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Smitty Prototype #2

Schlick Cycles Smitty Prototype #2

Like Smitty #1 we started with a hand-built frame from Tom Teesdale. Made with True Temper Verus HT tubes, this frame was painted gloss black to match a sweet Wily 29er fork I have. Since this is a coaster brake bike and no front brake is needed I figured the Wily would provide a great ride since it doesn’t have to be really beefy like the Salsa fork to resist the twisting forces of a front disc brake.

This Smitty uses a Cane Creek S2 Ahead Set, Syncros stem and an old Zoom Brahma bar for the control center. I’m digging the riding position on this bike. Tte stem/bar seem to suit me a bit better than the set up on Smitty#1

I took back my Ritchey saddle from #1 and, like the saddle on that bike, it sits atop a great 27.2 Sasla Shaft™ seatpost.

Again, like #1, a black Sugino crank with a 42-tooth chainring handles the front end of the chain loop while the rear hub, an 8-speed Shimano Nexus hub with a Coaster Brake (Yup, a coaster brake!), handles the rear. A Shimano Micro-shift twist shifter connects us to the hub. The front hub is a Shimano Generator unit to power the headlight.

The rims are Salsa Delgado™ 22.5mm hoops built with Wheelsmith spokes and wearing HUGE Schwalbe Big Apple 2.35 tires. I have a couple of other sets of tires to try but it would take a pretty special set if rubber to replace my Big Apples!

Like Smitty #1, all the parts really work well together and the bike is a blast to ride and, with the refinements to #2, I’ve found my setup!

If you are looking for an All-City, commuter ride the Smitty is a great choice. Let us know how you want yours setup!

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My Teesdale MTB Sees the Light of Day

I’ve had this beautiful TET frame for several years and even had most of the parts I needed to get it assembled but just never got to it. Well, with our plans to offer a Classic Teesdale Mountain Bike I figured I’d better get this one rideable for testing purposes.

Greg's Teesdale Urban MTB

Since I already have a Bontraeger that is set up pretty well for the single track I decided to set up the Teesdale as an urban assault bike / commuter rig for the time being. This is partly due to the fact that I have a sweet Teesdale fork that I had made at the same time and don’t really want to shell out the $$$ for another suspension fork. Besides, light weight is great! When I get my fitness back some I think I’ll want a rigid fork trail ride anyway. I like the precision of a rigid fork and, coupled with a nice fat front tire, the weight savings is a great bonus.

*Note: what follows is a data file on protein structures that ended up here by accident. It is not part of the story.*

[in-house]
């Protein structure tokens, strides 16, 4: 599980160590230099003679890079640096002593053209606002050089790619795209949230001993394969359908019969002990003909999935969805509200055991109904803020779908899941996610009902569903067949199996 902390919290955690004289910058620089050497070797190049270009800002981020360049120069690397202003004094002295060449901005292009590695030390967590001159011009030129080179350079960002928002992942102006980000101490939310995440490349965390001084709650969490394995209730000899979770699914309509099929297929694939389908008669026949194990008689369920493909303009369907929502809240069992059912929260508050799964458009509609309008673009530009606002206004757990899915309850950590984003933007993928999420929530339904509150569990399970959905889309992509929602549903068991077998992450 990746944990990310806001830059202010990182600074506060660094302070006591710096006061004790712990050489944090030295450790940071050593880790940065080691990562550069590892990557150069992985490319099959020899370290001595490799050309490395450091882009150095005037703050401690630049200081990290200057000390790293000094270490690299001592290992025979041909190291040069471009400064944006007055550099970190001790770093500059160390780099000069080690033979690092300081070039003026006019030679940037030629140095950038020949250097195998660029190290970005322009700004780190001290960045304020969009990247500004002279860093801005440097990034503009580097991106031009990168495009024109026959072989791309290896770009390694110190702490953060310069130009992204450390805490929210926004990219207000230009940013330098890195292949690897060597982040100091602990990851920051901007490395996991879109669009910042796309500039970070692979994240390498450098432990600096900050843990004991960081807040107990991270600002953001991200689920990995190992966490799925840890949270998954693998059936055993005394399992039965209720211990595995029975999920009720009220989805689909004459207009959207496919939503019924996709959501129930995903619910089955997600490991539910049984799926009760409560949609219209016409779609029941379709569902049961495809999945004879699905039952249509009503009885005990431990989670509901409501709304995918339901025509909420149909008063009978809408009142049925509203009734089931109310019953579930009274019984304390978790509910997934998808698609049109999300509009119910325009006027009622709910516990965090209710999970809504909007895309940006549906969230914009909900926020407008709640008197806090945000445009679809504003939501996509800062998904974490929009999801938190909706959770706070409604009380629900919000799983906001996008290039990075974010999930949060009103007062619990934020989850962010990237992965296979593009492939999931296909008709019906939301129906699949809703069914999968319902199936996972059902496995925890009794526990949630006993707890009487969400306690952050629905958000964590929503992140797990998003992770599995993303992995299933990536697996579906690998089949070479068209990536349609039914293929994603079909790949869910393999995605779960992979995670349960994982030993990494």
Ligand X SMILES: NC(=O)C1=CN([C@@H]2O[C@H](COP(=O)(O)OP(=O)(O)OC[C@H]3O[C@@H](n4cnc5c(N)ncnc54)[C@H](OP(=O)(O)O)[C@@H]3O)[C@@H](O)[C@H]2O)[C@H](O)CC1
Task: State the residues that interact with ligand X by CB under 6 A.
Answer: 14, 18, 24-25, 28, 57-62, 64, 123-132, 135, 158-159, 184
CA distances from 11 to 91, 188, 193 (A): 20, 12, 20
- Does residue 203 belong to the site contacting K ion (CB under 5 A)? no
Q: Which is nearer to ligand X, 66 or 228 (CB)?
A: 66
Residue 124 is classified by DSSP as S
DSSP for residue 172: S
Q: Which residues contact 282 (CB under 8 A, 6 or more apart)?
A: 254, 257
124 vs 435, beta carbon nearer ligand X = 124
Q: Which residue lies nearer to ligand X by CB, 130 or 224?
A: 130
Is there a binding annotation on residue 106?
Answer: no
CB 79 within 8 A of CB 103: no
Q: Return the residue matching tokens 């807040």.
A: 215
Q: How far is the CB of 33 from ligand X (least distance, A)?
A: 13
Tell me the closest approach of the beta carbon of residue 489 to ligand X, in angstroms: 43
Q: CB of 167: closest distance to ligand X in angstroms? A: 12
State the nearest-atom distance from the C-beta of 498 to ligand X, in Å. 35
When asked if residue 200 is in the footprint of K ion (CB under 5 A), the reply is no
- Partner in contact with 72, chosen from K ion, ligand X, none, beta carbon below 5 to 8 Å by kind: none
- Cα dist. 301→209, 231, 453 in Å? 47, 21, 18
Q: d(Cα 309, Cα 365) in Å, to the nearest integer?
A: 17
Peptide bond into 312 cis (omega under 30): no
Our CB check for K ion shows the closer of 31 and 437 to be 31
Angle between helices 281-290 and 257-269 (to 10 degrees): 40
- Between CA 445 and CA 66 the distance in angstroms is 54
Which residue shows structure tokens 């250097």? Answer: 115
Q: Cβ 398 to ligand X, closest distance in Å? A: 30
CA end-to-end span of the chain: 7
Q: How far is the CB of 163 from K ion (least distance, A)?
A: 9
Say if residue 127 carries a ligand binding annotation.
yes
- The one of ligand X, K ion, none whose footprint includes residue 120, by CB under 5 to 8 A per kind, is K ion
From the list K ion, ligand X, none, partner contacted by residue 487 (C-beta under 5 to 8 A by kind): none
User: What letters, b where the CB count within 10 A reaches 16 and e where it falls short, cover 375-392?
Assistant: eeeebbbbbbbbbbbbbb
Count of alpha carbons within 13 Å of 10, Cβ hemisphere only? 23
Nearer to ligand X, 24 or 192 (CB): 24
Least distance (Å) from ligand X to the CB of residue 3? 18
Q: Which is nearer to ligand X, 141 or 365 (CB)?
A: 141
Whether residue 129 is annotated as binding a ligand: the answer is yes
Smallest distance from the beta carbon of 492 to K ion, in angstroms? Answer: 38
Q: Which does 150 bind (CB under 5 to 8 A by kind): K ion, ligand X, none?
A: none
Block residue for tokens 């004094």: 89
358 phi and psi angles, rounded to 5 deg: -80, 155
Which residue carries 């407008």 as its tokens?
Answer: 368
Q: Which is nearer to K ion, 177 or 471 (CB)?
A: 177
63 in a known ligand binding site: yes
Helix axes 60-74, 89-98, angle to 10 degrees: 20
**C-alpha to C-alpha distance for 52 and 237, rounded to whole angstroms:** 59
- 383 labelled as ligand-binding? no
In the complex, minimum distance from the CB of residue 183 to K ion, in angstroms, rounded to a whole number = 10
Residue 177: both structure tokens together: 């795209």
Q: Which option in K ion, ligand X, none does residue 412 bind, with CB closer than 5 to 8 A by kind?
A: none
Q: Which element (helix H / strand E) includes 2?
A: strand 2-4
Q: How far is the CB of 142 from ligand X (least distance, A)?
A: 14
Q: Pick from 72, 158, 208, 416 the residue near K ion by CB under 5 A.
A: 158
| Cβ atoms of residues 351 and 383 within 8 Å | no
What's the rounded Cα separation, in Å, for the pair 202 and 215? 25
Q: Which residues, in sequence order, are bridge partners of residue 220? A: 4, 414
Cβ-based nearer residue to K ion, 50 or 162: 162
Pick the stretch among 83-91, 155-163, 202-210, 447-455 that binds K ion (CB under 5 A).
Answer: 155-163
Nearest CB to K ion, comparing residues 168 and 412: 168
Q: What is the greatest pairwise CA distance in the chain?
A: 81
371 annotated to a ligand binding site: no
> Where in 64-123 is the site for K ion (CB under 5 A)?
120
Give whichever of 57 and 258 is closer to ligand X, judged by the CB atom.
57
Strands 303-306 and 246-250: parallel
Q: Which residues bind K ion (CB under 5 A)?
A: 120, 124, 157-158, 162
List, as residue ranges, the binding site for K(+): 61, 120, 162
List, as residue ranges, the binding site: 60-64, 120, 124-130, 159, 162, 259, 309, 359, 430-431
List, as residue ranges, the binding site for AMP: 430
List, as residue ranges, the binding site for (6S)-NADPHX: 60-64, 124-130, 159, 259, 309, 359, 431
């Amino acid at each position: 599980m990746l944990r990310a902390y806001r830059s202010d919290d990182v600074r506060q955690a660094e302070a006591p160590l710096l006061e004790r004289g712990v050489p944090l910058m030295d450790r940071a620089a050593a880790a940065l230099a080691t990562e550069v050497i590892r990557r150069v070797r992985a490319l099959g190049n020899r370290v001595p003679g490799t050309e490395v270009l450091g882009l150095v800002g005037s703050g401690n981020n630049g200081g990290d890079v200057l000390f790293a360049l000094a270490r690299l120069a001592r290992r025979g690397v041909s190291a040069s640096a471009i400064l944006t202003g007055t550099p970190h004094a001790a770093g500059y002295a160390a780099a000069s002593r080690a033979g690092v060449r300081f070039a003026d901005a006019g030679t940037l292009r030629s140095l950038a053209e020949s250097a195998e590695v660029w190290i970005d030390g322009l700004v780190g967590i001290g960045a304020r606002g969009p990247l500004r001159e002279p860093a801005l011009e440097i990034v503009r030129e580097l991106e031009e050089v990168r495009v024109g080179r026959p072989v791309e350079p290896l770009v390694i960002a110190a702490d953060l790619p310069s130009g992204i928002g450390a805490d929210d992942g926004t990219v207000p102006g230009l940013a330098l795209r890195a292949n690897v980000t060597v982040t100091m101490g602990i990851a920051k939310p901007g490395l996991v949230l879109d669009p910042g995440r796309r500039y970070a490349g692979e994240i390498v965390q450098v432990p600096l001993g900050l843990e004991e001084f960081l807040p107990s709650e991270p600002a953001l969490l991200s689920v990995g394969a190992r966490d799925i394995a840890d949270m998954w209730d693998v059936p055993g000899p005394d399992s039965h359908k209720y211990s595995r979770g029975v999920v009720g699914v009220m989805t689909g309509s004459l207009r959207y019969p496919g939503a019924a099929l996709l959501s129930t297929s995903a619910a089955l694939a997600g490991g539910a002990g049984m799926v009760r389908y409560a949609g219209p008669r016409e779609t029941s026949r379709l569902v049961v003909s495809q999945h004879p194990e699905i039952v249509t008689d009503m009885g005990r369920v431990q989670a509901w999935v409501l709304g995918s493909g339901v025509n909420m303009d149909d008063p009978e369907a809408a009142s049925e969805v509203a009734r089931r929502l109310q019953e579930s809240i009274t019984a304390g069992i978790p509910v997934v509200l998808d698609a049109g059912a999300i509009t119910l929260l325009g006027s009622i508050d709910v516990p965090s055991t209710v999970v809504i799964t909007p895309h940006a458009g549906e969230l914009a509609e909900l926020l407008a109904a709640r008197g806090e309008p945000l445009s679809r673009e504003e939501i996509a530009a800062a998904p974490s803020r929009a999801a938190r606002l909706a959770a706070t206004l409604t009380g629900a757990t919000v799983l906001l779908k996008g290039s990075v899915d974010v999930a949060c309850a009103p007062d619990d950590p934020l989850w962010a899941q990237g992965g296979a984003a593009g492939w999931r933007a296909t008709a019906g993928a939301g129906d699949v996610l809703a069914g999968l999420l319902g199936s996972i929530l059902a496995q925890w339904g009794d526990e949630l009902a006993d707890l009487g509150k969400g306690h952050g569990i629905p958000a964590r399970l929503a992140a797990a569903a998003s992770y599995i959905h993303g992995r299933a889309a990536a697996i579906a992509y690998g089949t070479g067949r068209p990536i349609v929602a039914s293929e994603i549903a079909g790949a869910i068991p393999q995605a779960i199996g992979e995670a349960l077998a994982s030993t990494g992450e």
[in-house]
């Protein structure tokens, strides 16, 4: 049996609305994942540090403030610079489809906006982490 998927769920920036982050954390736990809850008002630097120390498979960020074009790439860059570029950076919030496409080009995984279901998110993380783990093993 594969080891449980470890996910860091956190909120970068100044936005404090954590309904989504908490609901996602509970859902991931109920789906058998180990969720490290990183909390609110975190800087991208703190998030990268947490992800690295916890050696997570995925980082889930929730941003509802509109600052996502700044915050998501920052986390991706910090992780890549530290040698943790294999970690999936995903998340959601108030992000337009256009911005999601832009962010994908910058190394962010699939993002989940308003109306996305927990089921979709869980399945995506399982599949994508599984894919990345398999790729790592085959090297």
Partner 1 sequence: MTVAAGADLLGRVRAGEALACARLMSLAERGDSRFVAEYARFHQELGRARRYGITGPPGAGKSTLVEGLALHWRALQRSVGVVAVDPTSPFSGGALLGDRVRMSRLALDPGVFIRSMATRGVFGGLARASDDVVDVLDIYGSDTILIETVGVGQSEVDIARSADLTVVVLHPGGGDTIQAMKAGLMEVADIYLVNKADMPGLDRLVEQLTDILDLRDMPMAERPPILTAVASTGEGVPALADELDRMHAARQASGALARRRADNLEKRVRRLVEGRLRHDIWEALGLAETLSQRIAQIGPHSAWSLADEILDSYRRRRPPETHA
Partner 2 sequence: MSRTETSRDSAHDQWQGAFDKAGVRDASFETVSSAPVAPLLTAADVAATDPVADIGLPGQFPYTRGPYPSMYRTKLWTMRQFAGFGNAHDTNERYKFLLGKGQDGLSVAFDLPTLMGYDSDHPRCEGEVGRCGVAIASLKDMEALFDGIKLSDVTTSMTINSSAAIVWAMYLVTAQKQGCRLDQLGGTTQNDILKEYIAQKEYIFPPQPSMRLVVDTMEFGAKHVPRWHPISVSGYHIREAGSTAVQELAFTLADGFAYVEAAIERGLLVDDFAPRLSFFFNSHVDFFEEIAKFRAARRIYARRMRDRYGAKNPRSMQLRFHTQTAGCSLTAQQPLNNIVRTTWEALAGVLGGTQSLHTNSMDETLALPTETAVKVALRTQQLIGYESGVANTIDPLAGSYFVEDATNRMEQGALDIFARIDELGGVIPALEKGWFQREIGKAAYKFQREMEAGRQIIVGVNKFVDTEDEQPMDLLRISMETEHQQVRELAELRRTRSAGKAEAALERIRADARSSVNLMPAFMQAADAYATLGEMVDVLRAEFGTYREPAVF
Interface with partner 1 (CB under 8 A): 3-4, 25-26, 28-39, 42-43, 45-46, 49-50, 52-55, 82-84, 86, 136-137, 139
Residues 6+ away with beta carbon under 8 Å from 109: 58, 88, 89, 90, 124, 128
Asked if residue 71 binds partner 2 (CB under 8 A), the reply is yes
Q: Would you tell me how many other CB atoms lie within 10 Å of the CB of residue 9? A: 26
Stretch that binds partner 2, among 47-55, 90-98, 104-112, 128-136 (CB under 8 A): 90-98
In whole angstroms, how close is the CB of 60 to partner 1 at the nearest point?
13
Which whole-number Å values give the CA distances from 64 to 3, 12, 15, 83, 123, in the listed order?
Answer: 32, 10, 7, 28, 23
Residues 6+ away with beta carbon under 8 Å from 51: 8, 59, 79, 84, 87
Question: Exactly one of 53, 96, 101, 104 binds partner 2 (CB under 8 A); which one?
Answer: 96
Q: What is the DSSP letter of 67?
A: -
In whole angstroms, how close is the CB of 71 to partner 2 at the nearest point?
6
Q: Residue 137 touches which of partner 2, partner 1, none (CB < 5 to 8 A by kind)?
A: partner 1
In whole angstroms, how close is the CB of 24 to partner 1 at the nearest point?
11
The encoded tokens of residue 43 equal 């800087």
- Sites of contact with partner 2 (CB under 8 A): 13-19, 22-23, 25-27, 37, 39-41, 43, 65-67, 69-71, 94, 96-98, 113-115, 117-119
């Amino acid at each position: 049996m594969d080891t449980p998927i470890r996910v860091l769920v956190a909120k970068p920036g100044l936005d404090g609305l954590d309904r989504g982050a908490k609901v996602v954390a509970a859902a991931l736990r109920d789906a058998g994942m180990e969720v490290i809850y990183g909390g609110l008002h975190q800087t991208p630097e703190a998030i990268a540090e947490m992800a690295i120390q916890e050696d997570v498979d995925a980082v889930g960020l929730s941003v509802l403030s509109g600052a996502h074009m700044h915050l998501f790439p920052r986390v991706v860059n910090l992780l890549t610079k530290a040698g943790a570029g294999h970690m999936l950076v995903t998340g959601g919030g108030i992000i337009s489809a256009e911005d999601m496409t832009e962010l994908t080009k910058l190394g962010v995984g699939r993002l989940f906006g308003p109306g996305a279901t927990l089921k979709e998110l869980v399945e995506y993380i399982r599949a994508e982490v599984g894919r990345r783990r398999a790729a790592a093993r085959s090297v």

This TET frame was made with Columbus Nemo tubing while our new Classic line will use a sweet True Temper spec but the geometry is very close to what we are using on the Classic. BTW, the first 3 Classics will be available about mid-August!

This particular frame was built before disc brakes became all the rage so I used a Shimano BMX rear V-brake and paired that up with a set of old school Paul Component Engineering Stoplights that I had in the parts bin. Both ends are well balanced and remind me of how good a well set up canti or V-brake can be. Comes with a weight savings too. Nice.

Greg's Teesdale Urban MTB

The drivetrain is using Shimano XTR derailleurs from about 1997. They were new so you know they rock. Sachs twist shifters, a Profile crank, RaceFace BB and Vuelta chainrings round out the drivetrain.

A Dean ti seat post from an old race rig and, of course, a Flite saddle keep my butt off the rear tire.

Greg's Teesdale Urban MTB

I am still messing around with the stem. Right now it is a Profile BOA 120mm/20d rise but I think I may stretch it out a bit. Gotta wait for the stomach muscles to get stronger though! The handle bar is a Ritchey rise bar.

I also haven’t settled on a wheel set yet. Currently it is Sun CR-18s with XT hubs but I have a set of Cane Creek Aeroheat wheels that will probably get the final call. One thing I am pretty set on is the tire choice. As long as this is going to remain pavement-focused I am going to stick with the IRC Metro Duros in the 1.5 size. At 80PSI they roll well and still absorb some shock.

I only have about 60 or 70 miles on it but so far all the parts are playing nicely together and I am super happy with the ride. More as it comes.